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40 Years On, Buzz Aldrin Addresses Mankind’s Giant Leap

It was 40 years ago today that two intrepid astronauts — compelled by the momentous words of an assassinated president — stepped out on the surface of an alien but all-too-familiar celestial body and forever changed our conception of the Universe we inhabit. “That’s one small step for man,” the mission commander Neil Armstrong stated (an apocryphal misquote from his intended speech, “one small step for a man”), “one giant leap for mankind.”

Of course, what started as one small step stayed relatively small, with only eleven men following him before the government’s space program stagnated with an ill-conceived Space Shuttle and an even worse-conceived International Space Station. But hope springs eternal: With the Orion spacecraft under development and the Shuttles nearing retirement, man once more looks to catch up with its early explorations of the moon and meet the expectations of the countless science fictions they inspired. spoke to the mission’s Lunar Module Pilot Buzz Aldrin (the second man on the moon) last year, during which time the astronaut commented on the current state of America’s space program, looked to the future with the Orion program, and even explained why science fiction is no good for NASA.

Of course, Armstrong and Aldrin weren’t the only Apollo astronauts whose moon shots inspired the world (not to mention countless Hollywood movies). Just two missions later Commander Jim Lovell and Pilots Fred Haise and Jack Swigert experienced one of the most serious disasters in the history of manned space flight when an oxygen tank ruptured during their voyage. The events which followed were dramatized in Ron Howard’s 1995 movie Apollo 13. spoke to Jeffrey Kluger, the author of Lost Moon (on which Howard’s adaptation was based), to learn a few things about the mission that the movie didn’t have time to cover: Did you know that the makers of the LEM (Lunar Excursion Module) sent NASA a bill for “towing” their wounded Command Module back to Earth, or that NASA had a contingency to burn the spacecraft in Earth’s atmosphere should the astronauts not have survived?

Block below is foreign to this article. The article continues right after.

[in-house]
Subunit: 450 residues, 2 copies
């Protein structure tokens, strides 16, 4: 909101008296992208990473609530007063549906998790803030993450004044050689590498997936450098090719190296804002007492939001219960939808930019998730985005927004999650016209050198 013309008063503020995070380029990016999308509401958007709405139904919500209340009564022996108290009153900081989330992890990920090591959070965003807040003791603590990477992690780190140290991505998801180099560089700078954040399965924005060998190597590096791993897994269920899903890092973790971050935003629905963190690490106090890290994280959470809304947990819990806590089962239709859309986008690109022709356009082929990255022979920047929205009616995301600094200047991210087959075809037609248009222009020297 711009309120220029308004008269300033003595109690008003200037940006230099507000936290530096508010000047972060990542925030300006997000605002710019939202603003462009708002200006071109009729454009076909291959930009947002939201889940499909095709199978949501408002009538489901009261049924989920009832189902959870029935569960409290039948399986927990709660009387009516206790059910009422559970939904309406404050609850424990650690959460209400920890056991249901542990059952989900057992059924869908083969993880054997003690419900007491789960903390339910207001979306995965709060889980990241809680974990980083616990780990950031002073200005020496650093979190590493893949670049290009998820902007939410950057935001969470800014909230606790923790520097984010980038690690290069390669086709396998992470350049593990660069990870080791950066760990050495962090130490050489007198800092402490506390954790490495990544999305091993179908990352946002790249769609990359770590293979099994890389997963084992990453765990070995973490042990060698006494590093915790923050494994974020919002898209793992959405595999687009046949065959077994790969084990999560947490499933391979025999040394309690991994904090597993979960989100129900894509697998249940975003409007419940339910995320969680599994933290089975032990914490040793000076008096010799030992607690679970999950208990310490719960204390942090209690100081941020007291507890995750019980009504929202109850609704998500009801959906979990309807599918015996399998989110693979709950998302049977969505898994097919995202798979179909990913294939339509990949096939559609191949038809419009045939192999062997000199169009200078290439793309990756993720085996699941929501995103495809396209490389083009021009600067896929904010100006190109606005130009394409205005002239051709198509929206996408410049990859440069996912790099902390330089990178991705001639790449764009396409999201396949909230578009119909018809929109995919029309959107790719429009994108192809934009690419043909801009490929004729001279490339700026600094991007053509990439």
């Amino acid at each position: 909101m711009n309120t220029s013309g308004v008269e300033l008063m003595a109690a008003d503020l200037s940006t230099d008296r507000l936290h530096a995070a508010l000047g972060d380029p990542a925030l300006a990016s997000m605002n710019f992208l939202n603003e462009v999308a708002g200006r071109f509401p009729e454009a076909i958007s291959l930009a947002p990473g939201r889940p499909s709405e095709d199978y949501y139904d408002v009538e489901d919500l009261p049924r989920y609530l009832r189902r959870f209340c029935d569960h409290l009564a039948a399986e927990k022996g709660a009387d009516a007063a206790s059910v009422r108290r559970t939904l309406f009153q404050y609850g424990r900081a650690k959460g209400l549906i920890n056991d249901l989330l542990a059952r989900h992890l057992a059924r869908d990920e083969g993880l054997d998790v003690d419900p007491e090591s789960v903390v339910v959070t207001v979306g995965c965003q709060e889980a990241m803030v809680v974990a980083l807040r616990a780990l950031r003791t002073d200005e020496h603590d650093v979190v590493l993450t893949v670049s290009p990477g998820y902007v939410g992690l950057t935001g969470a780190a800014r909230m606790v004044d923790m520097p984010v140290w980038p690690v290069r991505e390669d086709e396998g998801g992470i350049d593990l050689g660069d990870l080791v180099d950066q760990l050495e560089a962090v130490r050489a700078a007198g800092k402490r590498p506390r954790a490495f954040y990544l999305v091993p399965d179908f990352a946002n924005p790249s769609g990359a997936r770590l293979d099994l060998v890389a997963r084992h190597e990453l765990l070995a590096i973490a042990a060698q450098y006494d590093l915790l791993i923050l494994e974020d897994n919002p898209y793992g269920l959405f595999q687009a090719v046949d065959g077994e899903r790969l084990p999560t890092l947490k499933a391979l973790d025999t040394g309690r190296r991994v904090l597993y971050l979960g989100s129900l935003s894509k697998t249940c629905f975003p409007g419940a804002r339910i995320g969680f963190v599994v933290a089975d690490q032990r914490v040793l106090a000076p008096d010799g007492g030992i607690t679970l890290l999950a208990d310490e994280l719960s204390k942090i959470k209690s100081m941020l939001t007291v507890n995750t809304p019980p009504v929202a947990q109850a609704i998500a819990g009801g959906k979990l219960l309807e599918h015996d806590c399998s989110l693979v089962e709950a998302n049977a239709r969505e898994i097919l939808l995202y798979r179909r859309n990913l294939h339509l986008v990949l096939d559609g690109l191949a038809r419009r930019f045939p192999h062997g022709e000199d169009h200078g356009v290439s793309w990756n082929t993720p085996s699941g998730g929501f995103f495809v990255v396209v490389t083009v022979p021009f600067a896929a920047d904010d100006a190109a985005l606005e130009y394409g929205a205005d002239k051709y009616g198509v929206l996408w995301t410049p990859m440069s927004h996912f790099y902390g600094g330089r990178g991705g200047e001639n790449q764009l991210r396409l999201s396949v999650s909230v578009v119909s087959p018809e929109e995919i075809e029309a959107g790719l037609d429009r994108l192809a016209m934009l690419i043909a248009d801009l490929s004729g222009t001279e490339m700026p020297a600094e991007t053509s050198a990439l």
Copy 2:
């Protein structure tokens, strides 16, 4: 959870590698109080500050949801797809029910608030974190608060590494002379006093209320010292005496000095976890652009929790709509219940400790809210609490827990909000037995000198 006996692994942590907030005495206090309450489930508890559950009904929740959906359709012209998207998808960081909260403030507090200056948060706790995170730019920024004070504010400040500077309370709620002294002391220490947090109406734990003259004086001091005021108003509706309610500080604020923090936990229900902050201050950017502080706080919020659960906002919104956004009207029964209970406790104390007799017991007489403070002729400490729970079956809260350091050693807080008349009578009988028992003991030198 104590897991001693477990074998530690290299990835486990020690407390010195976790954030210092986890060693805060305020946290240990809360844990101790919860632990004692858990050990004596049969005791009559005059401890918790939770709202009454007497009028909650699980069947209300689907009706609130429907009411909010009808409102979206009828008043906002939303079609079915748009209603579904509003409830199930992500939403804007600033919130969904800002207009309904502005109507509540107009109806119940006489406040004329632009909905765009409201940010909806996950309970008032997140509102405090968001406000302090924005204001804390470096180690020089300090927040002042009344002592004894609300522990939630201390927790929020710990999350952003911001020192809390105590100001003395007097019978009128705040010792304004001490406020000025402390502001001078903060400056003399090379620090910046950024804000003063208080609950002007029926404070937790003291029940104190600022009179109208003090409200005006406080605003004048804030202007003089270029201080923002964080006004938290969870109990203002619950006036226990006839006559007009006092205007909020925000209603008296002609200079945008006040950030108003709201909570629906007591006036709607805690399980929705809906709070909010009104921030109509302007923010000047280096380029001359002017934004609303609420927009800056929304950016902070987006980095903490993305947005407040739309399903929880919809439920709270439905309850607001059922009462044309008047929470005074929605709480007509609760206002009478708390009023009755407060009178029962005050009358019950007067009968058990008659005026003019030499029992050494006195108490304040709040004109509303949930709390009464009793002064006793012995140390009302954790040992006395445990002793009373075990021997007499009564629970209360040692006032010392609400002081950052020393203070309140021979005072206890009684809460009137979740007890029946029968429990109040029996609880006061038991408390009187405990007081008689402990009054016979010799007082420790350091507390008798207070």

The events of those missions 40 years ago are wondrous enough for the most fantastic of scifi, made even more so by the realization that they actually took place. “What’s going to inspire people?” Aldrin posits, looking forward to the coming years of manned space flight. Perhaps, Buzz, you’re just the man for the job.

Click here to read’s interview with Buzz Aldrin.

Click here to read the Five Things You Didn’t Know About Apollo 13.

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